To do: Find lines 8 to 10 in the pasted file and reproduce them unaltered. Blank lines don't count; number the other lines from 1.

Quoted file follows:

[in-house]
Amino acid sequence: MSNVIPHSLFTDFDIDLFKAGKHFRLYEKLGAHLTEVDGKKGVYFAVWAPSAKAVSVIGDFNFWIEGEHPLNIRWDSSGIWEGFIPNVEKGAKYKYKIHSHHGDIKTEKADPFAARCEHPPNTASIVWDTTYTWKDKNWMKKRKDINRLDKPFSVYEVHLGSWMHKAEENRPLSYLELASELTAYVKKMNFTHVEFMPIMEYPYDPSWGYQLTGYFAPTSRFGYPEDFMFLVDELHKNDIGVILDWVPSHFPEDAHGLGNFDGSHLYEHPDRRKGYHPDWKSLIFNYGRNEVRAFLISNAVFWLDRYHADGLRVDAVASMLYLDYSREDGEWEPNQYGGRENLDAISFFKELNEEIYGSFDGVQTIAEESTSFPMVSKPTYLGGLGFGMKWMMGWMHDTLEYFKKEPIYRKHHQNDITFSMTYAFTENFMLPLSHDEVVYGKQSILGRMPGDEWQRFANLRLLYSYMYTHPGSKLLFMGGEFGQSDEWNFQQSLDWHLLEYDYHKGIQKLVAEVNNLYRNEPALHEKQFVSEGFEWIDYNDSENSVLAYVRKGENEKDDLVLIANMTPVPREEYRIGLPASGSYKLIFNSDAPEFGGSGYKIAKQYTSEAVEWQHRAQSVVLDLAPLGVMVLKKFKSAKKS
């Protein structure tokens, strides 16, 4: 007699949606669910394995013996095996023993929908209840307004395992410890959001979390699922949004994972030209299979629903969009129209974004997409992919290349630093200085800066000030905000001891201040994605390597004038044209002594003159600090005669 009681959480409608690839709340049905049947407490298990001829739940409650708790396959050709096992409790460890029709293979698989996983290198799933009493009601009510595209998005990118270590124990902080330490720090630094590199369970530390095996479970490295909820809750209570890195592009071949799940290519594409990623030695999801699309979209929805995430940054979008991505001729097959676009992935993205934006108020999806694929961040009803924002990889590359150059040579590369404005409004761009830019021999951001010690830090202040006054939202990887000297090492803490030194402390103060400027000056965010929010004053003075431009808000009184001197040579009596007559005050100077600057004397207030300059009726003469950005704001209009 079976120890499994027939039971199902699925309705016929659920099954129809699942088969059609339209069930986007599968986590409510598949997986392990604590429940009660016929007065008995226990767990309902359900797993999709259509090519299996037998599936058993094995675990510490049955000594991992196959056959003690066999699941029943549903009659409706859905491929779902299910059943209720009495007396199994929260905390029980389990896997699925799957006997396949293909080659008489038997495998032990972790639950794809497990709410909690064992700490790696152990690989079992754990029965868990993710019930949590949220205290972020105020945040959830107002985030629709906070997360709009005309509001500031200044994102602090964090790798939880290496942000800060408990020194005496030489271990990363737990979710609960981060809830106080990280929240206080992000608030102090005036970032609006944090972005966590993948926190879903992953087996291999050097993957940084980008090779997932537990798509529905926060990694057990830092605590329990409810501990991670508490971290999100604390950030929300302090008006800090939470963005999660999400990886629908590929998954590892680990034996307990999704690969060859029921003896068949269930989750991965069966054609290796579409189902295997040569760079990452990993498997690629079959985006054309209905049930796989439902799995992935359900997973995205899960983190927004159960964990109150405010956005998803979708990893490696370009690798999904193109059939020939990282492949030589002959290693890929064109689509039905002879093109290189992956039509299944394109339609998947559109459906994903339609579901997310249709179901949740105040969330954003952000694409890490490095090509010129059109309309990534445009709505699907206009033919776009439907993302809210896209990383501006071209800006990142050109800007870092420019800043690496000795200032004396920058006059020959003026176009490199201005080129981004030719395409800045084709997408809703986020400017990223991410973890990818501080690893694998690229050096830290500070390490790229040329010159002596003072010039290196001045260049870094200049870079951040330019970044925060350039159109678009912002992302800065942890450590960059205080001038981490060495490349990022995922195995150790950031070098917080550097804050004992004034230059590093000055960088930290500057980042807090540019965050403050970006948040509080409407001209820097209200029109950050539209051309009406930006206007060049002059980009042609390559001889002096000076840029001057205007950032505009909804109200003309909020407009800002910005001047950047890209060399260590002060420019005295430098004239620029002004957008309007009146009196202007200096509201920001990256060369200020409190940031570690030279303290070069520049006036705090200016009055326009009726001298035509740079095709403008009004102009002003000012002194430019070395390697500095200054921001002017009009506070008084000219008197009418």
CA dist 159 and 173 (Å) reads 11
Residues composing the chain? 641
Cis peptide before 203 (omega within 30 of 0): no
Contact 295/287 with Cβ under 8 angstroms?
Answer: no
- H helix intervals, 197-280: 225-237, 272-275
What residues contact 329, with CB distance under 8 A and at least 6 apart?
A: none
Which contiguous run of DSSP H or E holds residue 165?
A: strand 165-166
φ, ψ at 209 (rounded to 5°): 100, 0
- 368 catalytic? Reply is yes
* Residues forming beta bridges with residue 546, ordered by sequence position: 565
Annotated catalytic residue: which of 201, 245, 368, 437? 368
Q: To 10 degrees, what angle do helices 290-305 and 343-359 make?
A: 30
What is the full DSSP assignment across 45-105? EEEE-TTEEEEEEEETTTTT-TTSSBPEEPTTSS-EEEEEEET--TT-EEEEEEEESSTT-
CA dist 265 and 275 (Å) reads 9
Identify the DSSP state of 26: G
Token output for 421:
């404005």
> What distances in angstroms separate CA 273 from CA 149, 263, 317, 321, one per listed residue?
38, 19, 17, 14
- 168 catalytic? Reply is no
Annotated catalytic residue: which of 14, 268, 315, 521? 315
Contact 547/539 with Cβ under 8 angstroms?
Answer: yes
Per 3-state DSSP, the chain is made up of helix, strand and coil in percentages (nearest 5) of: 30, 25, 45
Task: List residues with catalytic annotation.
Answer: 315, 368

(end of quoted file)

Answer: no
- H helix intervals, 197-280: 225-237, 272-275
What residues contact 329, with CB distance under 8 A and at least 6 apart?